The COVID-19 pandemic accelerated the process leading to Sri Lanka's default. Two of Sri Lanka’s key foreign exchange inflows of external money, remittances and tourism, slowed significantly during the pandemic, which meant that the country had to rely more heavily on its reserves to pay for essentials (figure 5). As a result, Sri Lanka's government was unable to meet its debt obligations and was forced to default on its loans.
The challenges ahead
Sri Lanka's recent default on its debt obligations has brought to the fore the challenges that the country will face in the coming years. One of the most pressing challenges is the complex nature of modern-day debt crises, particularly with the rise of new lenders such as China (figure 6). With multiple creditors involved, debt restructuring can become a complicated process, requiring the coordination of various parties to reach a resolution. Furthermore, the emergence of non-traditional lenders has made it harder for traditional institutions, such as the International Monetary Fund, to provide a unified approach to debt restructuring. The presence of emerging donors such as China has added a layer of complexity to the resolution of debt crises, making it harder to find consensus between all involved parties—China’s unique opaque lending practices, its nonparticipation in the Paris Club, and its complicated diplomatic relations with other creditors are examples of this added layer of complexity. Experts working closely with this restructuring, like Shanta Devarajan, acknowledge this issues, and have called for finding ways to remove geopolitical considerations from debt restructuring processes.
Another challenge that Sri Lanka faces in its efforts to restructure its debt is the need for a clear and credible path for future economic growth. As a precondition for debt restructuring, creditors are likely to demand a clear path forward for Sri Lanka's economy, including commitments to structural reforms, fiscal prudence, and other measures that will put the country on a sustainable growth path. Without such commitments, it will be difficult for Sri Lanka to secure debt restructuring, and the country will continue to face the burden of its debt obligations.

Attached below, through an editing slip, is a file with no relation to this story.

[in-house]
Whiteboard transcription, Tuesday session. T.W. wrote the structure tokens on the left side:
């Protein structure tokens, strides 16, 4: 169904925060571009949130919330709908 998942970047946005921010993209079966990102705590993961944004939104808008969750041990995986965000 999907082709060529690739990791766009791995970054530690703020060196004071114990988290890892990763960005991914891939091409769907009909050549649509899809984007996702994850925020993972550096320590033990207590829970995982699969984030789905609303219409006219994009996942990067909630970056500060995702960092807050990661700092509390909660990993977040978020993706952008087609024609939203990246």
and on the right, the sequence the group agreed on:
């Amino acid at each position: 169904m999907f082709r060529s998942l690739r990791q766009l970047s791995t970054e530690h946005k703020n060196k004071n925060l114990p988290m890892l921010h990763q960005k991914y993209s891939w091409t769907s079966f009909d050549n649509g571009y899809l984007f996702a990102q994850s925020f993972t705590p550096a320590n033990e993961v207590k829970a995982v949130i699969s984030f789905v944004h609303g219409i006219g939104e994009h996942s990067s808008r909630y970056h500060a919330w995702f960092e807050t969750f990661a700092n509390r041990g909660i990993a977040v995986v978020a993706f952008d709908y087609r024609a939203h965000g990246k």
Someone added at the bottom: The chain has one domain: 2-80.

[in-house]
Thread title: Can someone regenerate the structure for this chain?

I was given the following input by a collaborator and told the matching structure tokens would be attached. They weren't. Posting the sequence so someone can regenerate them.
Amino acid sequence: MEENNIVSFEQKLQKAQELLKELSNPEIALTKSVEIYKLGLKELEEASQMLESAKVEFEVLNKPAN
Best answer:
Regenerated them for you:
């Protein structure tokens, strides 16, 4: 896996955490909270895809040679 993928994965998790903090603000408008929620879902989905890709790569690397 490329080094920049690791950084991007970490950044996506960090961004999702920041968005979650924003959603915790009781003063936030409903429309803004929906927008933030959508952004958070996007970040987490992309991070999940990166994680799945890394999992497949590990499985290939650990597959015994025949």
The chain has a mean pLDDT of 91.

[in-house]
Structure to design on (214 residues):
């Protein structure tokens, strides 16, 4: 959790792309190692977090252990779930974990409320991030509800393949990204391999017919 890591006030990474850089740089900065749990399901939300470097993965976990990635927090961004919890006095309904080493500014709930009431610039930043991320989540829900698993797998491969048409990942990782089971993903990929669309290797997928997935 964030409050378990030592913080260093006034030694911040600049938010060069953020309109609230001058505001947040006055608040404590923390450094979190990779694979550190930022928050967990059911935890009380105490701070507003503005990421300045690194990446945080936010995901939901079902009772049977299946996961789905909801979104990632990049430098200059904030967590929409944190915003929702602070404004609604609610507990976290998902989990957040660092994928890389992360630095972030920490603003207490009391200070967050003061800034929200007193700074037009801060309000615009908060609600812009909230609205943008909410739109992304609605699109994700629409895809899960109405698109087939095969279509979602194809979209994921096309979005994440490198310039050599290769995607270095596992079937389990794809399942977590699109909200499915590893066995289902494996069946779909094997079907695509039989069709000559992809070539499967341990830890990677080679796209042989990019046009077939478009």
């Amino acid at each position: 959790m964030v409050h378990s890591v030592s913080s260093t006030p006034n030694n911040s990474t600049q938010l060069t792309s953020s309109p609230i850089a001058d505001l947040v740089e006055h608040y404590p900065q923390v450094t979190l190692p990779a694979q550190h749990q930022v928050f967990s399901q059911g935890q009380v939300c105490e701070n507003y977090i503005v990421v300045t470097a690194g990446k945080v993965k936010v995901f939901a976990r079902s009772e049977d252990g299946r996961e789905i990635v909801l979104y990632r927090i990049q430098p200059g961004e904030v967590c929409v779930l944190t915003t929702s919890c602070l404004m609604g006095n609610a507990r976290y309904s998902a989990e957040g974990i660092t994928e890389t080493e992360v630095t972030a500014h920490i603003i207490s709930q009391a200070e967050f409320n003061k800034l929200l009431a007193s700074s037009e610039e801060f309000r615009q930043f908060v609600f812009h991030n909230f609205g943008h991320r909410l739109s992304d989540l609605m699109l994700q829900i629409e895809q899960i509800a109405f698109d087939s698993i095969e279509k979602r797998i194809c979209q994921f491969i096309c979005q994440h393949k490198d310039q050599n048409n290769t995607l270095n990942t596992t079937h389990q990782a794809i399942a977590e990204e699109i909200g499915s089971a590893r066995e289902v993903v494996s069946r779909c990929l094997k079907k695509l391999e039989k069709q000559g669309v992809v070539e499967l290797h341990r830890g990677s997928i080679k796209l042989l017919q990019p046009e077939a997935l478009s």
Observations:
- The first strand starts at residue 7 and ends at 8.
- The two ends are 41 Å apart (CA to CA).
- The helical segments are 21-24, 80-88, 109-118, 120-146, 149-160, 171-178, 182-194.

For Sri Lanka to overcome these challenges, it is imperative that the government and political elite develop a credible path forward. This will require a commitment to fiscal discipline, the implementation of structural reforms, and a focus on investment in key sectors that can drive economic growth. In addition, Sri Lanka will need to work closely with its creditors and the international financial community to develop a clear and viable plan for debt restructuring. Looking ahead, the road to debt restructuring for Sri Lanka will undoubtedly be challenging, yet there are recent positive developments to be noted. The IMF is currently evaluating the possibility of granting a bailout to Sri Lanka, even in the absence of formal assurance of debt-restructuring support from China. Additionally, the Global Sovereign Debt Roundtable that took place on the 22nd of February not too far from the Island in Bengaluru, has set the stage for the global community to address the structural challenges of debt relief among official creditors, not just for Sri Lanka but for other countries seeking debt restructuring as well.
CGD blog posts reflect the views of the authors, drawing on prior research and experience in their areas of expertise. CGD is a nonpartisan, independent organization and does not take institutional positions.